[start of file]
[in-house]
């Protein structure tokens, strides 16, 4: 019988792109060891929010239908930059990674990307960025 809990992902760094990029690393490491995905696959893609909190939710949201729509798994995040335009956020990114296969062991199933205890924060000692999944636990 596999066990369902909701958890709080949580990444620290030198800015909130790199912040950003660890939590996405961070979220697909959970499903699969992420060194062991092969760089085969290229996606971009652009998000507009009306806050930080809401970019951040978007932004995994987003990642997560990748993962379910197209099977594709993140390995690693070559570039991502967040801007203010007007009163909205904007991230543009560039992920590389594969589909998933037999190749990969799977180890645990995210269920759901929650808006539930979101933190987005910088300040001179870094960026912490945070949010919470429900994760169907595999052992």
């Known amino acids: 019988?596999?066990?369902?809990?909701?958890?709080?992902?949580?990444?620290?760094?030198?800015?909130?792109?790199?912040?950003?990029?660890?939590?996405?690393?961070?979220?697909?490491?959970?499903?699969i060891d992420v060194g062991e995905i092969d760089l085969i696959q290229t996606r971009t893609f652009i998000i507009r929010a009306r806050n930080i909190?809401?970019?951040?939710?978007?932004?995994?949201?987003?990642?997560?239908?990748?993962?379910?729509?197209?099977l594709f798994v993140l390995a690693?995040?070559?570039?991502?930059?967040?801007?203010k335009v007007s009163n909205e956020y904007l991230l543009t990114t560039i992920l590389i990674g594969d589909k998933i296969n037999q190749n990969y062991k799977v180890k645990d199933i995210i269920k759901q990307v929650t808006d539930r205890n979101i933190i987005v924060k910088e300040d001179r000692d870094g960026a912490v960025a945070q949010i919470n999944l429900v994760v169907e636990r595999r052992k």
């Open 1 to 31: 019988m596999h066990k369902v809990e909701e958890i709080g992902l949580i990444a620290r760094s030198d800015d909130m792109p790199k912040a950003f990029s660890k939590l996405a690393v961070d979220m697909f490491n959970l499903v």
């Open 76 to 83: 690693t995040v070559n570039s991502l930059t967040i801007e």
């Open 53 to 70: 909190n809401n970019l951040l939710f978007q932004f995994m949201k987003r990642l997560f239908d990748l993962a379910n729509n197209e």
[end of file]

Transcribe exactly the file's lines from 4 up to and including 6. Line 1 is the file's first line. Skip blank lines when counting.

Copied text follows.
């Open 1 to 31: 019988m596999h066990k369902v809990e909701e958890i709080g992902l949580i990444a620290r760094s030198d800015d909130m792109p790199k912040a950003f990029s660890k939590l996405a690393v961070d979220m697909f490491n959970l499903v």
């Open 76 to 83: 690693t995040v070559n570039s991502l930059t967040i801007e």
């Open 53 to 70: 909190n809401n970019l951040l939710f978007q932004f995994m949201k987003r990642l997560f239908d990748l993962a379910n729509n197209e």